The Dáil (left), the lower house of Parliament in Ireland, has passed legislation giving formal legal recognition to same-sex relationships for the first time.
The Civil Partnership Bill 2010 passed last Thursday evening without a vote, support coming from all (or most) parts of the political spectrum. It now must be considered by the Seanad.
Under the terms of the Bill, marriage-like benefits will be extended to gay and lesbian couples across a range of areas including property, succession, maintenance, pensions. Further legislation is due to extend benefits in the fields of social welfare and tax.
The status of civil partnership will not provide rights and privileges equivalent to marriage, which remains open only to different sex couples. This distinction has remained because it is deemed necessary to safeguard the protection given to marriage in Article 41(3) of the Irish Constitution (right), which states in part:
The State pledges itself to guard with special care the institution of Marriage, on which the Family is founded, and to protect it against attack.The constitutional text does not, however, make any reference to marriage as being exclusively open to different sex couples. Rather, it is legislative and judicial interpretation of the constitutional text that has presumed this exclusionary stance. Much of the debate on the Civil Partnership bill has touched upon the inequalities that will persist on introduction of this new status, and upon the failure to provide for the rights of children within such partnerships.
Despite these shortcomings, the Civil Partnership Bill has been heralded by many as a mark of progress, a contribution to what Minister for Justice, Mr Dermot Ahern, describes as a ‘modern code,’ that marks a break from a past in which sexual orientation discrimination was commonplace. Included within that modern code are the:
► Employment Equality and Equal Status Acts 2000-2004, which prohibit discrimination on grounds of sexual orientation; and
► Prohibition on Incitement to Hatred Act, 1989, which includes homophobic incitement within its scope.
Introducing the Bill, the Minister for Justice noted that it was now time to add to the legal protections in place against discrimination and exclusion, and to officially recognize and affirm same-sex relationships so as to bring to an end the legacy of prejudice and inequality.
Granting official recognition and affirmation brings with it the question of whether a ‘conscientious exemption’ clause should be granted to those whose religious belief and affiliations do not allow for affirmation or even tolerance of same sex relationships.
A proposed legislative amendment, allowing for such an exemption clause, was dismissed, despite last minute interventions by the Irish Bishops’ conference, who argued that the failure to provide for such a clause was unconstitutional, given the limits imposed on freedom of conscience and on social and civil freedom in religious matters. In response, John Gormley, the Minister for Environment and Green Party representative, criticized the Church’s attempt to exert influence on the legislative process, which he noted was reminiscent of earlier eras of ‘church interference’. The debate on conscience exemption, and its swift dismissal, reflects the changing relationship between Church and State in Ireland, and the waning influence of religion in matters of gender, sexuality and family.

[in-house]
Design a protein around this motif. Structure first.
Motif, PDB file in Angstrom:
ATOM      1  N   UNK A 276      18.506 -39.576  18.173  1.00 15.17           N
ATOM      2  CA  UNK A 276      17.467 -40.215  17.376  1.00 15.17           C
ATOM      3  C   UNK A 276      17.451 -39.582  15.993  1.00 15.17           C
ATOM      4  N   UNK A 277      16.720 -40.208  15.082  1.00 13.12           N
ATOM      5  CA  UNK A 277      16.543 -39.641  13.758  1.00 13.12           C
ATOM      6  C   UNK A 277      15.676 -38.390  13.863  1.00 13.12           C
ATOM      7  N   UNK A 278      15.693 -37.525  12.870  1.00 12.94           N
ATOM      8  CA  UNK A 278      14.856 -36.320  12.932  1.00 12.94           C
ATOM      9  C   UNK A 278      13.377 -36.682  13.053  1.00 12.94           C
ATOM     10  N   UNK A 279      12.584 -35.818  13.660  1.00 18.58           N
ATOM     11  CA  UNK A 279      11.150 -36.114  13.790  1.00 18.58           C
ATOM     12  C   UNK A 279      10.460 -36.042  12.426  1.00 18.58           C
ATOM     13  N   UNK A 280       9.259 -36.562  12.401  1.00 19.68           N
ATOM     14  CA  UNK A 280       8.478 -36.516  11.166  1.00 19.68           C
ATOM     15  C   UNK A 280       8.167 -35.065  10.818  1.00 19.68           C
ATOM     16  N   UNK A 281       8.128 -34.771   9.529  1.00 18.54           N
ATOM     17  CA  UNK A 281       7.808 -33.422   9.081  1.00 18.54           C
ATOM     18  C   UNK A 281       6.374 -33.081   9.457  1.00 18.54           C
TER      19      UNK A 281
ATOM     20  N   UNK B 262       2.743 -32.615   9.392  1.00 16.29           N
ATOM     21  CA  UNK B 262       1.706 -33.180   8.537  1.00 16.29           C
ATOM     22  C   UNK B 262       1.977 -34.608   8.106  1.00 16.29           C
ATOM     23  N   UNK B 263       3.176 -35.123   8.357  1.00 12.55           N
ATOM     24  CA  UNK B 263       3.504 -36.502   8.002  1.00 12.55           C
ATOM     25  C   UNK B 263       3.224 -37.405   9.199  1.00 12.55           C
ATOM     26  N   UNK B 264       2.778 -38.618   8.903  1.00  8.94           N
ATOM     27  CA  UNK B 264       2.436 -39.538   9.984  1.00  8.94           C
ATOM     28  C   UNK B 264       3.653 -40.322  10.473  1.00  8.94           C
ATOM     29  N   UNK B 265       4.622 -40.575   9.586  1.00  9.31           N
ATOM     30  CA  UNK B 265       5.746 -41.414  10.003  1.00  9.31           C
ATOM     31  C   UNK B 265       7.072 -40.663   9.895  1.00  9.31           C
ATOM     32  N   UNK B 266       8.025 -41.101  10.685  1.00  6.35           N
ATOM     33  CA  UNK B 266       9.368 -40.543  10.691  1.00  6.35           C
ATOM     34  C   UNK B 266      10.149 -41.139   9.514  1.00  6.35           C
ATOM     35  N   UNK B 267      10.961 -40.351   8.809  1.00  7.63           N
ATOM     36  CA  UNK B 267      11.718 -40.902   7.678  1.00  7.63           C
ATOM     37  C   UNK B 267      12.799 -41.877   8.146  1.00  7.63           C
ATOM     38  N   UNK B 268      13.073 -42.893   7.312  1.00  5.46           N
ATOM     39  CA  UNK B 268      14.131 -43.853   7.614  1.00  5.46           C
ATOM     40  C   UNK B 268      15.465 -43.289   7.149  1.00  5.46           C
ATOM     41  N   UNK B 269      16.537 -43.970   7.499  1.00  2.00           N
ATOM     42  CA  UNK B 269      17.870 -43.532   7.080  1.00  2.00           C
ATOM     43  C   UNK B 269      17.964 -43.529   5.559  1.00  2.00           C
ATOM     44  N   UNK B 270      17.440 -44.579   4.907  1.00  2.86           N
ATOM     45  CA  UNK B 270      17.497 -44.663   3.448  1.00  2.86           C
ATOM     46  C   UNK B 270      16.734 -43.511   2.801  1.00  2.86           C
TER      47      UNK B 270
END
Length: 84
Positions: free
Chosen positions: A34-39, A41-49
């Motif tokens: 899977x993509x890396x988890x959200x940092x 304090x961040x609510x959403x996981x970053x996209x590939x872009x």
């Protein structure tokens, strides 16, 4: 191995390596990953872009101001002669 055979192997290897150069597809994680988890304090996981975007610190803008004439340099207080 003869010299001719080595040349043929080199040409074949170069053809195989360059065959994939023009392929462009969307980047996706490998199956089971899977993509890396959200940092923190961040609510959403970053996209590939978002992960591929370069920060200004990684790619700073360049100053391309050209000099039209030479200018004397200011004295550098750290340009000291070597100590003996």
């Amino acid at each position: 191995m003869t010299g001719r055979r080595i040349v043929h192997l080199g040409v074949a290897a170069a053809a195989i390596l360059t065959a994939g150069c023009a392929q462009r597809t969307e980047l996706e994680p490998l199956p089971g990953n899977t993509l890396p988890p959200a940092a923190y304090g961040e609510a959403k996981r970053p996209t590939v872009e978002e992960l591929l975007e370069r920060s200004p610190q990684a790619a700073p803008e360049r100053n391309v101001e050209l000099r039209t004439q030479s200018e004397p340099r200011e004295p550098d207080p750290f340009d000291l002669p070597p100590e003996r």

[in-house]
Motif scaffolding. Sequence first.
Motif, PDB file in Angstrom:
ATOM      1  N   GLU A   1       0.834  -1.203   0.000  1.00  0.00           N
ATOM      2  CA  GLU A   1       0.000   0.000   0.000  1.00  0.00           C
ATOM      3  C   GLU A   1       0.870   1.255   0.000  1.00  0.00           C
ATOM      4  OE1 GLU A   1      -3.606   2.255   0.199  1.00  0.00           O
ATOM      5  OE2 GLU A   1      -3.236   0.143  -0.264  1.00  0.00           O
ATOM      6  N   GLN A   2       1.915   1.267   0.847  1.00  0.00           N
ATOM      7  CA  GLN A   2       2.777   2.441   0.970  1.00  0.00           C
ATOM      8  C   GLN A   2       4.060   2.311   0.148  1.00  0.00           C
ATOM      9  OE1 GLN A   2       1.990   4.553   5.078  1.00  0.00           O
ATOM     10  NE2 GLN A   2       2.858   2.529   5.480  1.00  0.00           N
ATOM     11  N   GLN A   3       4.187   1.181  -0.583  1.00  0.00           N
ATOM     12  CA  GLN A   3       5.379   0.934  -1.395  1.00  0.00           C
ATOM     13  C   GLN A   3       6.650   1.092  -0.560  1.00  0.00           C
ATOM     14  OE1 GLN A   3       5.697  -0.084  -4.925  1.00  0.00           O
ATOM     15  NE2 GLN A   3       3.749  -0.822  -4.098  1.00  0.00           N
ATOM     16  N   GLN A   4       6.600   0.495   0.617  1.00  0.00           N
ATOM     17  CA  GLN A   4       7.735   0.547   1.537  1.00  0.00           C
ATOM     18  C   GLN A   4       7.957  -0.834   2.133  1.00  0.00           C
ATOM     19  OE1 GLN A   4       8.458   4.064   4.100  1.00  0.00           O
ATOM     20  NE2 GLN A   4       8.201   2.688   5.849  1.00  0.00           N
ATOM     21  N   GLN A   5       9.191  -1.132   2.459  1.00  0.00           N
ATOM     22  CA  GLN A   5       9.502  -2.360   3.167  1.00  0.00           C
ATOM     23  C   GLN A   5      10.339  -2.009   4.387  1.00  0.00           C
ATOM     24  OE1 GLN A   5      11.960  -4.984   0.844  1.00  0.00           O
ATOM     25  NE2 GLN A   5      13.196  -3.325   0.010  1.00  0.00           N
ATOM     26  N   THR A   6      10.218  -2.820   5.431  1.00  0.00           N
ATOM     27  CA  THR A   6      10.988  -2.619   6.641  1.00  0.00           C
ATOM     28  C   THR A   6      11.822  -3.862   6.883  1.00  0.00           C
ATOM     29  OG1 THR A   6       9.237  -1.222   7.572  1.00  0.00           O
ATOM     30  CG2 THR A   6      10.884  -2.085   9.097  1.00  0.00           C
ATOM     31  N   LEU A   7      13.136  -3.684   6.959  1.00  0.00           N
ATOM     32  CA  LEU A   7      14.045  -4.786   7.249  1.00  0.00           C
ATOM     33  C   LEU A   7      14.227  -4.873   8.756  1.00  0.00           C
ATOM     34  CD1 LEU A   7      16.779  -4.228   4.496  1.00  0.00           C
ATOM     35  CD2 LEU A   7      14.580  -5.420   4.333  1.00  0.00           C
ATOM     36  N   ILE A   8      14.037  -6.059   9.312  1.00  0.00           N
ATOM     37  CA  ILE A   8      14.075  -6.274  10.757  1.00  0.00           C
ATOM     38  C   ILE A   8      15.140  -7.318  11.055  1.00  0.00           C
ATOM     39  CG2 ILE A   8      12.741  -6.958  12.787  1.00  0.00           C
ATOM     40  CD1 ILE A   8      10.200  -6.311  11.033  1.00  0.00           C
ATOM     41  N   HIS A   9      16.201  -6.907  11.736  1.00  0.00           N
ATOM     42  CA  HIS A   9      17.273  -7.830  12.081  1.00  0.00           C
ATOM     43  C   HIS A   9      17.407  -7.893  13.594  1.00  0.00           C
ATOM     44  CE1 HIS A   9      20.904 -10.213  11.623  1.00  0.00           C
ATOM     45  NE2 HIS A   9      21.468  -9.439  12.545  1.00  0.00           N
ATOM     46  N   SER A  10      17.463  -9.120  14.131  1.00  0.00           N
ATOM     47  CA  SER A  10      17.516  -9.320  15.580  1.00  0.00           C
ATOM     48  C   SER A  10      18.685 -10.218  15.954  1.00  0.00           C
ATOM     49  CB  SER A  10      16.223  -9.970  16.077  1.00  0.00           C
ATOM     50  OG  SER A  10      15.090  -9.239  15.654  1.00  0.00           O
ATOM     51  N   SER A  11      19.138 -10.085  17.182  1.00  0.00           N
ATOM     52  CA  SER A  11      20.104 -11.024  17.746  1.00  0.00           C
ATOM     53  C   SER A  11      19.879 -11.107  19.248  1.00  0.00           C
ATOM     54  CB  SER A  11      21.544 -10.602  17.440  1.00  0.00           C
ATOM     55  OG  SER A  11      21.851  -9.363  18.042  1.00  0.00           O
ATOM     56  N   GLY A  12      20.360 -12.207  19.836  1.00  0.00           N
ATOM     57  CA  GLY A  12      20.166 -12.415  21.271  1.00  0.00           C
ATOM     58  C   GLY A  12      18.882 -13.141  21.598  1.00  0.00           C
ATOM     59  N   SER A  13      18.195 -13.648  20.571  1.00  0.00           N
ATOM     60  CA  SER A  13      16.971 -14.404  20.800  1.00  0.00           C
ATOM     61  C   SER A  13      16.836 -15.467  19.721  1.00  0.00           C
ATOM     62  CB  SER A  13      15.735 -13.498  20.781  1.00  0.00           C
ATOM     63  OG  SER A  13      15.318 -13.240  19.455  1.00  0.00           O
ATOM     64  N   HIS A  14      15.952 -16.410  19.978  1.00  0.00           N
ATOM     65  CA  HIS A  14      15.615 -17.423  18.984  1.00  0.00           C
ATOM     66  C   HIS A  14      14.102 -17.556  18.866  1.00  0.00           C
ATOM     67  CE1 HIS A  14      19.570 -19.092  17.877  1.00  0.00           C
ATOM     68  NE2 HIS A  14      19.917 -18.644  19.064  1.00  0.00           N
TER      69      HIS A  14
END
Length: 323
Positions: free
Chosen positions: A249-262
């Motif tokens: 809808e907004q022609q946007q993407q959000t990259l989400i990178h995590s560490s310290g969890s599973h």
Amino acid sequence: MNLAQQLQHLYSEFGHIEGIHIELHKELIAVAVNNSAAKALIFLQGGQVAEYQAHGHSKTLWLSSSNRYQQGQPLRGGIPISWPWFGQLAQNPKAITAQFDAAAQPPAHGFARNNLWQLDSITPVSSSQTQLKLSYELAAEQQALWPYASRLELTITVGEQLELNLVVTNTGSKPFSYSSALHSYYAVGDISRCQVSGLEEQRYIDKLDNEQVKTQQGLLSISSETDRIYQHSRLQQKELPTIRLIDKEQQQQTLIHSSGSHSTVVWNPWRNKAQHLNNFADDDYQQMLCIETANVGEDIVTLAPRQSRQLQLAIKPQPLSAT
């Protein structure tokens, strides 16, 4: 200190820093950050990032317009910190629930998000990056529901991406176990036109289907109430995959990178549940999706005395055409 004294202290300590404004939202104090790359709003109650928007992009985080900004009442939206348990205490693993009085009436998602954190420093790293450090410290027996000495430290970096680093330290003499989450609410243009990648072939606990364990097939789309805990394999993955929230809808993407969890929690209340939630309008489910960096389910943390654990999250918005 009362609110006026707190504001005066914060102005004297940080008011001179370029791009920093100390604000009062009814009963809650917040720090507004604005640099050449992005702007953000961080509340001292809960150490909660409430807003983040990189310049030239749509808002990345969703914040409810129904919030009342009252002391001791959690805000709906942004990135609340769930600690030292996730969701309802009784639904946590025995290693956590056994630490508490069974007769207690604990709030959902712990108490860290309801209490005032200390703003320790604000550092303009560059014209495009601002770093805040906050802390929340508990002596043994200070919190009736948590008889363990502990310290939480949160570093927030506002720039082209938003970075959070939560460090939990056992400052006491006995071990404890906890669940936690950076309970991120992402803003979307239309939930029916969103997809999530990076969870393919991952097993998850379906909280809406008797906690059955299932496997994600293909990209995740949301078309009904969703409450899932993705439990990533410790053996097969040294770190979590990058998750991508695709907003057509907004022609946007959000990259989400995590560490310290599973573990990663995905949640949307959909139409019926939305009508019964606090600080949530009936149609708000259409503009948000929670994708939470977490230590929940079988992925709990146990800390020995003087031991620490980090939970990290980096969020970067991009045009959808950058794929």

The passing of the Civil Partnership Bill follows on from the judgment that a Chamber of the European Court of Human Rights (left) rendered on June 24th in Schalk and Kopf v Austria.
The applicants had complained that the absence of same-sex marriage in Austria violated their European Convention rights, both under Article 12 (right to marry) and Article 14 (prohibition of discrimination) in conjunction with Article 8 (right to private and family life). They appealed to the Court to interpret the Convention (below right) in light of present-day conditions, and not to restrict the application of Article 12 to different-sex couples. The Court rejected their argument, noting the absence of a European consensus on same-sex marriage. Importantly, however, drawing on Article 9 of the European Union Charter of Fundamental Rights, the Court took the view that the right to marry was not necessarily confined to marriage between different-sex couples. It nonetheless concluded that:
► The question of whether or not to allow same-sex marriage fell to be determined by national law; and
► States continued to enjoy a wide margin of appreciation on this question.
The Court’s judgment left open the question of whether the absence of any form of relationship recognition for same-sex couples might be a violation of the European Convention.
Significantly, the Court’s judgment extends the scope of Article 8. At paragraph 94, it finds for the first time that same-sex couples enjoy not only a right to ‘private life’, but also ‘family life’:
[T]he Court considers it artificial to maintain the view that, in contrast to a different-sex couple, a same-sex couple cannot enjoy “family life” for the purposes of Article 8. Consequently the relationship of the applicants, a cohabiting same-sex couple living in a stable de facto partnership, falls within the notion of “family life”, just as the relationship of a different-sex couple in the same situation would.Strong dissenting judgments were entered specifically on the Court’s finding of no violation of Article 14 (non-discrimination), suggesting the possibility of change in the future.
For the moment, the Court’s judgment is unlikely to assist the campaign for marriage equality in Ireland. However, it does challenge existing Irish case-law, including the October 2009 judgment in McD v L, in which the Irish Supreme Court found that ‘de facto’ same-sex couples did not enjoy family life within the meaning of Article 8 of the Convention.
Small steps forward!